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SAGE Musings: Using Bloom's Taxonomy to Boost Student Metacognition

Jenny McFarland, Edmonds Community College
published Sep 27, 2017

The use of Bloom's taxonomy in teaching and learning can help us become more student centered, as it allows us to be more precise about what we want students to know and be able to do. There is a growing body of evidence for teaching and learning practices that explicitly address these cognitive skill levels and they can be used during one-on-one student faculty interactions in office hours, advising, or review sessions, as well as in class.

I use Bloom's-based Learning Activities for Students (the "BLASt" tool from Crowe et al., 2008) during office hours to help students assess and expand their learning strategies to practice higher order cognitive skills. When students come to my office it is usually because they have not done well on an exam. When they arrive, I give them a copy of Table 3 from Crowe et al. (2008) and a highlighter. I give the students 2-5 minutes to highlight the study activities they have used so far in the course, while I do busy work at my desk. This allows students some time to read through the activities and reflect on the higher and lower order cognitive study skills. Most students have experience using lower order study skills: e.g., reading, highlighting, defining, using flashcards, etc. We use the student's BLASt inventory to help the student assess their study skills, evaluate the Bloom's level of exam questions, and compare study habits to exam performance. Finally, I give the student a different color highlighter and ask the student to highlight 2-3 higher order study activities that they will use in the next week. I make an electronic note in my student roster to follow up with the student in a week to ask what they did to implement a higher order study activity and ask if they have any questions or need help with this.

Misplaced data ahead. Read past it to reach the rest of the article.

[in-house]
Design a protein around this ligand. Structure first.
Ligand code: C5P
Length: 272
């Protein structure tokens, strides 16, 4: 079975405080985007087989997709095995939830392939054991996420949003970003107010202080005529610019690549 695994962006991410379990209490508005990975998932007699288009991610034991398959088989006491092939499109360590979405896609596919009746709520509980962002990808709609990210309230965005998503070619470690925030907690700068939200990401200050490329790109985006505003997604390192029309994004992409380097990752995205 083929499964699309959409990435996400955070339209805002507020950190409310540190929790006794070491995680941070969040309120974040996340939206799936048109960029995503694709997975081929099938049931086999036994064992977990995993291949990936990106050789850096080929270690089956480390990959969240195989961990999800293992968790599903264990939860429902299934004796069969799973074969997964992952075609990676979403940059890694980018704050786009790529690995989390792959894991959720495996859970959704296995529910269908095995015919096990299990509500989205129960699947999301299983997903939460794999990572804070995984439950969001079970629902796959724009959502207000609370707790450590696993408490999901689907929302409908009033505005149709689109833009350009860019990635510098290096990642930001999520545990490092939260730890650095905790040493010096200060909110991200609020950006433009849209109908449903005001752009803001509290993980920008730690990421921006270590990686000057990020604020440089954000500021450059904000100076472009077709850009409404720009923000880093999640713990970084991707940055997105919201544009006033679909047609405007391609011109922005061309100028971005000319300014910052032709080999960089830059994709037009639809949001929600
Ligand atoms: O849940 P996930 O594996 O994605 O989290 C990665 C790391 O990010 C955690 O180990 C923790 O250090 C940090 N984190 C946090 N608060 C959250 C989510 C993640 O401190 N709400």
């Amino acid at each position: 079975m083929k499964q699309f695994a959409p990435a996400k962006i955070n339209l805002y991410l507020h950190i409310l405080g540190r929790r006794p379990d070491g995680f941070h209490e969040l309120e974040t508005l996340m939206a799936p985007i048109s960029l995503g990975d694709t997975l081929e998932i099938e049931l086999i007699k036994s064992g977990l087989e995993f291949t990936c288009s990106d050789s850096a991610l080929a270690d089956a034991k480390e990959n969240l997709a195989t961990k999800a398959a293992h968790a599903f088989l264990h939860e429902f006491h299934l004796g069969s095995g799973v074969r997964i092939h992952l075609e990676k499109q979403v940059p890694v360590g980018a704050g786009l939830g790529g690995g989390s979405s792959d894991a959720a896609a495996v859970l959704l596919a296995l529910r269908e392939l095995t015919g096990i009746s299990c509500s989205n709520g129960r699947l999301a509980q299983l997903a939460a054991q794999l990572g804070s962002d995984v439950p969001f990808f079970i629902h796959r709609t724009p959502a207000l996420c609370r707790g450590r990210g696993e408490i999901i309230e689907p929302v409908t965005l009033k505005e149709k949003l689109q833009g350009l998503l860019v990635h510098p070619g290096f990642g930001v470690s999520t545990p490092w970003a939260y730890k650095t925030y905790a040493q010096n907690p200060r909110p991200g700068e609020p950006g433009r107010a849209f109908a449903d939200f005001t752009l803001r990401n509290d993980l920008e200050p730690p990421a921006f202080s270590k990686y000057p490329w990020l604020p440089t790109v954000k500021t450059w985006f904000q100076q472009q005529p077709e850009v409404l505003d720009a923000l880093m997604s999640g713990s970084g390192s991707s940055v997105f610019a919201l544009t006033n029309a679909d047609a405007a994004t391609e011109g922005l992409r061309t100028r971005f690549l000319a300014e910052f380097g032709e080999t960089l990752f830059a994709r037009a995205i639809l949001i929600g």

Students learn through repeated practice with feedback, and I utilize the 'testing effect' by providing students with the opportunity to answer formative assessment questions in class, usually 12-30 in a 2-hour period (Roediger and Karpicke, 2006). Many of these are in a think-pair share format, some are part of small group cases, and others are part of individual and group quizzes. I typically ask students to "Identify the level of Bloom's Taxonomy for each of these questions" to build their metacognitive practice and help them be able to differentiate between a knowledge level question and a question that requires analysis or synthesis. A surprising and happy consequence is that students, given this repeated practice, rarely say that a question is "tricky"; instead, they more often recognize that questions that do not merely address their knowledge and comprehension are not meant to "trick" them but instead ask them to use higher order cognitive skills than recall.


Crowe, A., Dirks, C., and Wenderoth, M.P. (2008) Biology in Bloom: Implementing Bloom's Taxonomy to Enhance Student Learning in Biology. CBE – Life Sciences Education 7(4):368-381. Available online at

Roediger, H.L. and Karpicke, J.D. (2006). Test-enhanced learning: Taking memory tests improves long-term retention. Psychological Science, 17:249-255. Available online at

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